A small, short-legged wader, with a distinctive black and white head pattern. It is similar to the Ringed Plover, but it has black bill, pale, brown legs, and a yellow ring around the eye,


Nests are found on level areas of stony ground, little or no vegetation and normally close to shallow water, with muddy edges for feeding on insects and aquatic invertebrates. They produce 1 or 2 broods from April to September.

Conservation measures:


Habitats

A scarce summer visitor to the UK, the Little Ringed Plover increased numbers in Barnsley, exploiting local manmade habitats: coal waste shale and former sidings rail ballast, with subsidence pools forming suitable feeding areas,


As these post-industrial sites were landscaped or built on, LRPs use other transient brownfield sites, wetlands reserves in the Dearne Valley, and possibly upland reservoir edges.

Little Ringed Plover

Migrant breeding bird

Schedule 1

BoCC5 Green List

Ten pairs // less than 15


Snipe. Image: Ron Marshall Ringed Plover. Image: Ron Marshall

Avocet

Schedule 1

BoCC5 Amber List - due to localised distribution

Avocet, a distinctive black and white wader, it sweeps its long, up-curved bill from side to side through water or loose sediment to locate hidden prey.


Avocets have only recently bred in Barnsley - in the Dearne Valley wetlands as a result of the conservation measures there.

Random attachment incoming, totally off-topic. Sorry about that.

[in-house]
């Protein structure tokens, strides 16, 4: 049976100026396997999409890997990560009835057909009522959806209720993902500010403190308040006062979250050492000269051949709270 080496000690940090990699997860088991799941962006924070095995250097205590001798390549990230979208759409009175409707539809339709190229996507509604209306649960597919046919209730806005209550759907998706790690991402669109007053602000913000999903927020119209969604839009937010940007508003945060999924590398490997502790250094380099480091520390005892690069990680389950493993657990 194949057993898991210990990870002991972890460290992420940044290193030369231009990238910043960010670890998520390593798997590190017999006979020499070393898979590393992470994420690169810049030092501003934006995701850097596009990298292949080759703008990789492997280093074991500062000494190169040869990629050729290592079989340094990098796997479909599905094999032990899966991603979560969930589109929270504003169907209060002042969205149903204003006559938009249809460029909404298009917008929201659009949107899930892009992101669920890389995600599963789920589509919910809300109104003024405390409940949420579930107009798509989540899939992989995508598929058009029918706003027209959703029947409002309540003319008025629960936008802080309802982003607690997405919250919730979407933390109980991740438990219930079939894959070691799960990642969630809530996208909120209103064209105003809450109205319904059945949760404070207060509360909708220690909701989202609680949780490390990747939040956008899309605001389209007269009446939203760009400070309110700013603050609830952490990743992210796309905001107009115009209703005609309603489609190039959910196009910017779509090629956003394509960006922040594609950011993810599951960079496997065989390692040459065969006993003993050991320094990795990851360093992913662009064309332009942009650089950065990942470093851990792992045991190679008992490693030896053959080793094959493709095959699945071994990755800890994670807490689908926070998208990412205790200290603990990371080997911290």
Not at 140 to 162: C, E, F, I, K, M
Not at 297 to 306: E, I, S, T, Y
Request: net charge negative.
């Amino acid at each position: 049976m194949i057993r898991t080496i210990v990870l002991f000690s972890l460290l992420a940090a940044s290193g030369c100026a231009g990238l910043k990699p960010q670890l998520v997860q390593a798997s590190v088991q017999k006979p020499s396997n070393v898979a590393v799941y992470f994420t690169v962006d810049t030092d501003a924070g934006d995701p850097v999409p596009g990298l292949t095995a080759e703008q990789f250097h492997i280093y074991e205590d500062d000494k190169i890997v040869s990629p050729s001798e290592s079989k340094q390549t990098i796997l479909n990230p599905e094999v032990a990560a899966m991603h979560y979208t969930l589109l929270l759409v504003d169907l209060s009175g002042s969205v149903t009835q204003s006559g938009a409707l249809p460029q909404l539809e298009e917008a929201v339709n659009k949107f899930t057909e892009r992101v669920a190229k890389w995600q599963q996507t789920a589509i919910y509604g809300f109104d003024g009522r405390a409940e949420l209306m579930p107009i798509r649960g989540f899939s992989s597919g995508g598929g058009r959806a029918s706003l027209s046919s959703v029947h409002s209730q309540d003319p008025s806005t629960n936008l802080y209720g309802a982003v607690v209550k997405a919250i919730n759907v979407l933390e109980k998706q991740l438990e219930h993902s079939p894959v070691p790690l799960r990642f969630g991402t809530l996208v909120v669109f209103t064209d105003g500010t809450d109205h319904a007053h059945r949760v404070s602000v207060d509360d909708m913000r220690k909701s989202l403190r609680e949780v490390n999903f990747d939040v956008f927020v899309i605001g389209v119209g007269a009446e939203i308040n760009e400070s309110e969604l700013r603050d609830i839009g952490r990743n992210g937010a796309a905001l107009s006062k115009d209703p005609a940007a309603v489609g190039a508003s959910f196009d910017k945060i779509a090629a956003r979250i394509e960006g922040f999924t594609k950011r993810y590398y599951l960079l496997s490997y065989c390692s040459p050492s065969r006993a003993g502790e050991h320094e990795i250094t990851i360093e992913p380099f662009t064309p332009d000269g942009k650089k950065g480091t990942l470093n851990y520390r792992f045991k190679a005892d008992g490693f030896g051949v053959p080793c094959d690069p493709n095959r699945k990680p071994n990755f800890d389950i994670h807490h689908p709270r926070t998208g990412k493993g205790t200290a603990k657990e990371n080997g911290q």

Avocets feed on aquatic invertebrates by wading in shallow water.

Conservation measures


Habitats

Avocet nest on open ground close to water, often in small groups.


It has one brood of 3-5 eggs, using  shallow lined scrape on bare mud, gravel or sparse vegetation.


The numbers nesting depends on the availability of suitable nest sites, distance to water and risk of predation.



Wetland birds - waders

Several priority species of waders breed on wet grassland or marshy areas, in lowland wetlands in Barnsley or on the moorland fringe. However drainage and agricultural improvement have reduced the upland breeding opportunities. Breeding waders need open areas away from hedges and trees, a varied, patchy sward with tussocks for nesting and cover, and wet, muddy areas for feeding.

Curlew, a large mottled brown-grey wader, it has a long beak curved down, and a distinctive carrying call. In flight its white wedged rump is visible.


Curlew come to Barnsley in April to breed on the moors and upland rough wet grasslands, with some in lower areas.


Curlew feed in rough damp tussocky pasture. Adults use their long bills to probe for worms, leather-jackets and other invertebrates.

Conservation measures

RSPB Land management advice


Habitats


See also upland birds

Curlew

UKBAP 2007 Priority Species

NERC Section 41 Species of Principal Importance

BoCC5 Red List [IUNC2 EN]

General protection W&C Act


Curlew

Curlew nest in rough grassland, with some tall vegetation, scattered tussocks and rush patches, and damp areas.


They usually have one brood, with a second if the first one fails. Young birds fledge in late June or July. Chicks feed on surface insects and spiders.


Drainage, ‘improvement’ of grasslands, tree planting, disturbance and predation cause declines.

The UK Breeding Water and Wetland bird populations indicator include several waders in the ‘Wet Meadow species’ section: Curlew, Lapwing, Redshank, Snipe, all Local Priority Species. As well as the Local Priority Species, other waders that breed in Barnsley include Oystercatcher, and Golden Plover and Dunlin on upland moors.

Sites that support a significant proportion of Barnsley’s breeding or wintering waders are also a conservation priority.

Wetland birds